Things to Consider When Choosing Your Nursing Specialty

NursingApril 13, 2017

So, you have decided to pursue your RN to BSN. Congratulations. Your career is moving onward and upwards. Once you have been accepted into a nursing program, whether it is an online nursing program or a nursing program at a bricks-and-mortar institution, you will eventually be confronted with some decisions. Should you specialize, for instance? If so, what specialty is right for you?

The choices are numerous and diverse, and obviously, some nurses are better suited for certain specialties than others. The ICU, for example, is a high-pressure, high-responsibility area that may not be for everyone. On the other hand, some nurses excel under these conditions and would not have it any other way. They are willing, if not eager, to stay on top of continuing education. They understand that technology is always advancing, and keeping abreast of those changes is all part of the job.

As an RN, it is quite possible that you have already identified a specialty that appeals to you. Traditional specialties, such as OB/GYN, pediatrics, or nurse practitioner, are common popular choices. But increasingly, nurses are specializing in various other specialties and sub-specialties, such as telephone triage nursing, correctional nursing, critical care, and even travel nursing.

Ask the Hard Questions

Choosing the specialty that is right for you involves some honest self-assessment. Do you thrive under pressure, for example? Do you mind being on call relatively often, or would you prefer a more predictable schedule? Do you like working nights, or would you prefer to stay on day shift? Do you have a special affinity for children? How about pregnant women? If you handle stress well, and thrive under pressure, working in an Emergency Department may be ideal for you. You are certainly less likely to become bored under the often chaotic conditions typically encountered in a busy ED, especially one located in a large urban center.

On the other hand, if near chaos rattles you, you might consider a less stressful, more predictable specialty, such as working in pediatrics. Many specialties will involve additional or advanced training and special certifications. Working as an oncology or intensive care nurse, for example, requires a commitment to continuing education and advanced training, in subjects such as chemotherapy and other specialized areas of knowledge.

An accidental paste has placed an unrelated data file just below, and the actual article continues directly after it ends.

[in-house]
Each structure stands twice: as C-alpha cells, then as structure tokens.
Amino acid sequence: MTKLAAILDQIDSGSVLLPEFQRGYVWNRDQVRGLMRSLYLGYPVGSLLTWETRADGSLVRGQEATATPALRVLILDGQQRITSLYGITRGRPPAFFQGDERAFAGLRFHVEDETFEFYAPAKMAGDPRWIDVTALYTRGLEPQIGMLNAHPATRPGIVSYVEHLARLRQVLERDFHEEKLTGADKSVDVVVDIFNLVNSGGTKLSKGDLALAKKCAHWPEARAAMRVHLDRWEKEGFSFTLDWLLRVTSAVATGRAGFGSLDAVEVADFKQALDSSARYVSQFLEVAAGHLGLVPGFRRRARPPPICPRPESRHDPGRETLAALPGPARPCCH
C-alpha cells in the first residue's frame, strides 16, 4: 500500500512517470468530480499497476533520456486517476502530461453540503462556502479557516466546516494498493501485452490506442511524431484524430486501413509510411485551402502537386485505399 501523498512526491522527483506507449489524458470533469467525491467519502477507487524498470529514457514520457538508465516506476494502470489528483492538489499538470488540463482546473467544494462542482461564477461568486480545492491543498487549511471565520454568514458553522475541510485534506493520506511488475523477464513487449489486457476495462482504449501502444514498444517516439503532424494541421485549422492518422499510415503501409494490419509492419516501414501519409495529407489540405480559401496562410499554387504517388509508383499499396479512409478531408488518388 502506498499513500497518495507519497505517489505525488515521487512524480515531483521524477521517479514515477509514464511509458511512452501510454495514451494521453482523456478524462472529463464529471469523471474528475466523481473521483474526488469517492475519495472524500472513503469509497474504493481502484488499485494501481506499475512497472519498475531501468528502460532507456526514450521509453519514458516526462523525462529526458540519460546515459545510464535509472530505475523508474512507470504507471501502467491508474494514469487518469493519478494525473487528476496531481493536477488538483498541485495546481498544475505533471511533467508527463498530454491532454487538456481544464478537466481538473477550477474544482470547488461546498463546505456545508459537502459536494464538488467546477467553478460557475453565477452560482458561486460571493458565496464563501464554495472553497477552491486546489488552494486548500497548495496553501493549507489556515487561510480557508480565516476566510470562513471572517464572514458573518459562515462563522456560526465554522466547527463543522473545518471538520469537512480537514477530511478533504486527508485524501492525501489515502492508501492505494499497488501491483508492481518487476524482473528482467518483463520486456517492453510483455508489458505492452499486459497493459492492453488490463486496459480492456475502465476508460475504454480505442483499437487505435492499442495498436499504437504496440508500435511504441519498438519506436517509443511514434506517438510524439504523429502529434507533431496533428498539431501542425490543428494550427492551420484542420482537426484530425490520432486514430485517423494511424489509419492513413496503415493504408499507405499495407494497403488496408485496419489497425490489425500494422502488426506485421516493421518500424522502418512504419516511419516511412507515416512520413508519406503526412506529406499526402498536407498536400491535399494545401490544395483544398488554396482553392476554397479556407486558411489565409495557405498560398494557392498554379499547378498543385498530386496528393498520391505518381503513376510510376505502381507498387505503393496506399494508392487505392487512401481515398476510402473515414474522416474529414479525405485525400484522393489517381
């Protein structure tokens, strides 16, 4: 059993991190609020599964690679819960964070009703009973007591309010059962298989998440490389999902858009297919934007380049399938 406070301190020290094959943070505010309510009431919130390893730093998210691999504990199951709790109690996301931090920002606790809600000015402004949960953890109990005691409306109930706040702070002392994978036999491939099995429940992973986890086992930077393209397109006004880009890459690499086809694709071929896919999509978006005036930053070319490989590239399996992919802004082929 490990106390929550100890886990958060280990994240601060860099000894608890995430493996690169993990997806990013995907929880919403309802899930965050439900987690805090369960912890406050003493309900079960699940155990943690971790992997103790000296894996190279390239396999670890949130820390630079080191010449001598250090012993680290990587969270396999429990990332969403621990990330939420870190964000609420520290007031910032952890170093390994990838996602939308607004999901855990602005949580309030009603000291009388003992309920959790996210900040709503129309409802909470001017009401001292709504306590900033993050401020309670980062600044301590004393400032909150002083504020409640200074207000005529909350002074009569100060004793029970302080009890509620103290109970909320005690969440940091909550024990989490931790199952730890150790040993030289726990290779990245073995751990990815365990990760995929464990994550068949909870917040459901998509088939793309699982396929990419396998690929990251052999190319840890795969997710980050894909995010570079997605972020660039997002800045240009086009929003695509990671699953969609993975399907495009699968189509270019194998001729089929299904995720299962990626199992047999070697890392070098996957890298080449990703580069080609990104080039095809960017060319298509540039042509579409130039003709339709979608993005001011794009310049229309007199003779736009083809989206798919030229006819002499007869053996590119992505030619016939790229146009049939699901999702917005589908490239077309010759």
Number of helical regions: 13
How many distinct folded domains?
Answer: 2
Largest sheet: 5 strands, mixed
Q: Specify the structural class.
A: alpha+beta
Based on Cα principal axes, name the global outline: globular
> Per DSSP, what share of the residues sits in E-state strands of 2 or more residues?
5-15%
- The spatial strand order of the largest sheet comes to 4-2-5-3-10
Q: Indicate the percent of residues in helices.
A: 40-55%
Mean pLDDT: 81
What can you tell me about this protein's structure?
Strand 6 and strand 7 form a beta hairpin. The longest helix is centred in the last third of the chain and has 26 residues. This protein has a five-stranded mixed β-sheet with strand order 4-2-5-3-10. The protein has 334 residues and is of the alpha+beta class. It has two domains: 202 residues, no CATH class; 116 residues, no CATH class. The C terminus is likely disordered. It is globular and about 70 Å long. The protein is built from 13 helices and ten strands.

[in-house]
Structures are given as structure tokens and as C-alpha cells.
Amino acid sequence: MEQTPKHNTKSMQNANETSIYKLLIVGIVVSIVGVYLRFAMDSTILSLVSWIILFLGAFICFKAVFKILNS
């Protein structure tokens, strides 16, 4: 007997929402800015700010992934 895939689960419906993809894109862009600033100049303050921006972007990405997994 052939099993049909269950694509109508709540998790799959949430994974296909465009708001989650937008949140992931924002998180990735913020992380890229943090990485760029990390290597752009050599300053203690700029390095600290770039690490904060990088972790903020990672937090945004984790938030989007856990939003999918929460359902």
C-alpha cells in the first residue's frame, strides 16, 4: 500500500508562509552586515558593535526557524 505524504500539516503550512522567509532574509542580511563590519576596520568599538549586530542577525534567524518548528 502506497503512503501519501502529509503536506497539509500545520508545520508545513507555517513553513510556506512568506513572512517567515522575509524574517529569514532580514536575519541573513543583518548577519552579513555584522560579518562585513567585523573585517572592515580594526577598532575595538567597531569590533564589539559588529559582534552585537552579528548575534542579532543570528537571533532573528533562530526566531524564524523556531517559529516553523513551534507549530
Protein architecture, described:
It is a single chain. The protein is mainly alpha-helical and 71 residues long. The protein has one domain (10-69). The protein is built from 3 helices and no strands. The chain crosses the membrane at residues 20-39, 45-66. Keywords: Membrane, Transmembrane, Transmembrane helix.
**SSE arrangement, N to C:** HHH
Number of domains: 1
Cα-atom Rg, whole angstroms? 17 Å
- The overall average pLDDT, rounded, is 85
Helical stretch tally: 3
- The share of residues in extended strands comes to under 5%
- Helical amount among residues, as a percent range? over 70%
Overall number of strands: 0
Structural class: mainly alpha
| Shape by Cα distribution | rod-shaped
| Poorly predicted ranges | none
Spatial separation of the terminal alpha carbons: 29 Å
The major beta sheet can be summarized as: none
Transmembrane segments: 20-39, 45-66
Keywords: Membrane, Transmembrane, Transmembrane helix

Are you a strong leader? Are you bilingual or multilingual? Are you a good communicator? Tech savvy? Do you crave stability and familiarity? Or do you enjoy travel and the thrill of meeting new people in new places? If you answer these and other questions honestly, it will be possible to piece together the puzzle that reveals your optimal role in nursing.


Once you have done some honest self-assessment, it may be helpful to do a simple visioning exercise. Close your eyes and picture your ideal workplace. Attempt to recall what drew you to nursing in the first place, no matter how long ago that might have been. Did you picture yourself caring for new mothers? Teaching them to breastfeed, for example, or to care for their newborns? Did you see yourself assisting in high-profile, complex surgeries? Or did you see yourself remaining calm and coolly efficient while surrounded by the energy and excitement of a busy emergency room? Or perhaps you envisioned working in a relatively quiet, majestically paced research capacity, helping to further humanity’s knowledge and understanding of disease?

Engaging in such an exercise may help you identify the precise area of nursing that most appeals to you. Of course, clinical rotations are also an excellent opportunity to separate fantasy from fact. Perhaps working on a geriatric ward is not as fulfilling as you had imagined. Perhaps working with neonates in NICU touches something fundamental within you, in ways you never expected. Listen to these inner voices. Forget what you have been told is best, and give yourself permission to feel what resonates with you. Your temperament, experiences, expectations, strengths, weaknesses, skills, and talents will all figure into your final calculation.

Good communicators make excellent instructors, for example. Compassionate, patient people are often called to minister to the sickest of the sick. Perhaps palliative care appeals to your best instincts? Only you can answer these questions for yourself. But remember, there’s plenty of time. For now, you must focus on obtaining your degree. After that, the future is wide open.